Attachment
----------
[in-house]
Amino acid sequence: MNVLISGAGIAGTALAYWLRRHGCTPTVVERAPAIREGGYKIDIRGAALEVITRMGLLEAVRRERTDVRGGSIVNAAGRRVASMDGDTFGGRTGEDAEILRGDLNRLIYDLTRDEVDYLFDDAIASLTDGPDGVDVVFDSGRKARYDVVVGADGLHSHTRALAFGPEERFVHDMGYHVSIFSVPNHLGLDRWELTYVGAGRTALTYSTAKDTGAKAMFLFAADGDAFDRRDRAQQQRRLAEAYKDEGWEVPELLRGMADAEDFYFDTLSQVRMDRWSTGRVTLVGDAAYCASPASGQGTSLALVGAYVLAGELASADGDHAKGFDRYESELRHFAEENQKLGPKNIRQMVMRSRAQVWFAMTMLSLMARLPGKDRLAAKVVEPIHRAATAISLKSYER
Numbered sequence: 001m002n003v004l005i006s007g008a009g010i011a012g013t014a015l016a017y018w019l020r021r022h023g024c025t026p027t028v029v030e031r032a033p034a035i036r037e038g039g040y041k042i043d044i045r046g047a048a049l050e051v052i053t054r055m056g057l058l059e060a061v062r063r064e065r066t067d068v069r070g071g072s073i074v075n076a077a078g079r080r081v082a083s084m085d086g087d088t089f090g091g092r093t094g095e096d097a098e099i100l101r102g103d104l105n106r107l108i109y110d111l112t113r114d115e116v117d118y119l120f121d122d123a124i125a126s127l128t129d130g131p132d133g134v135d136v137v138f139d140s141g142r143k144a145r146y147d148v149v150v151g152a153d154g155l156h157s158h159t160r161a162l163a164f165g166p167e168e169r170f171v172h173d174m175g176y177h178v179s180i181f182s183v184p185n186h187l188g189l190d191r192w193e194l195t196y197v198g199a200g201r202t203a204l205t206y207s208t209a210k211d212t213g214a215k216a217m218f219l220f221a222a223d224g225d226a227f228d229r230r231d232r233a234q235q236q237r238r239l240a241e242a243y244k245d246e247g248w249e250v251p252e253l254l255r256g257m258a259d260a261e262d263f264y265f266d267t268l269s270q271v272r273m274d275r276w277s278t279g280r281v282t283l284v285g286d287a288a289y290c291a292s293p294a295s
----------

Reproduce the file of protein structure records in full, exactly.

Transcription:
[in-house]
Amino acid sequence: MNVLISGAGIAGTALAYWLRRHGCTPTVVERAPAIREGGYKIDIRGAALEVITRMGLLEAVRRERTDVRGGSIVNAAGRRVASMDGDTFGGRTGEDAEILRGDLNRLIYDLTRDEVDYLFDDAIASLTDGPDGVDVVFDSGRKARYDVVVGADGLHSHTRALAFGPEERFVHDMGYHVSIFSVPNHLGLDRWELTYVGAGRTALTYSTAKDTGAKAMFLFAADGDAFDRRDRAQQQRRLAEAYKDEGWEVPELLRGMADAEDFYFDTLSQVRMDRWSTGRVTLVGDAAYCASPASGQGTSLALVGAYVLAGELASADGDHAKGFDRYESELRHFAEENQKLGPKNIRQMVMRSRAQVWFAMTMLSLMARLPGKDRLAAKVVEPIHRAATAISLKSYER
Numbered sequence: 001m002n003v004l005i006s007g008a009g010i011a012g013t014a015l016a017y018w019l020r021r022h023g024c025t026p027t028v029v030e031r032a033p034a035i036r037e038g039g040y041k042i043d044i045r046g047a048a049l050e051v052i053t054r055m056g057l058l059e060a061v062r063r064e065r066t067d068v069r070g071g072s073i074v075n076a077a078g079r080r081v082a083s084m085d086g087d088t089f090g091g092r093t094g095e096d097a098e099i100l101r102g103d104l105n106r107l108i109y110d111l112t113r114d115e116v117d118y119l120f121d122d123a124i125a126s127l128t129d130g131p132d133g134v135d136v137v138f139d140s141g142r143k144a145r146y147d148v149v150v151g152a153d154g155l156h157s158h159t160r161a162l163a164f165g166p167e168e169r170f171v172h173d174m175g176y177h178v179s180i181f182s183v184p185n186h187l188g189l190d191r192w193e194l195t196y197v198g199a200g201r202t203a204l205t206y207s208t209a210k211d212t213g214a215k216a217m218f219l220f221a222a223d224g225d226a227f228d229r230r231d232r233a234q235q236q237r238r239l240a241e242a243y244k245d246e247g248w249e250v251p252e253l254l255r256g257m258a259d260a261e262d263f264y265f266d267t268l269s270q271v272r273m274d275r276w277s278t279g280r281v282t283l284v285g286d287a288a289y290c291a292s293p294a295s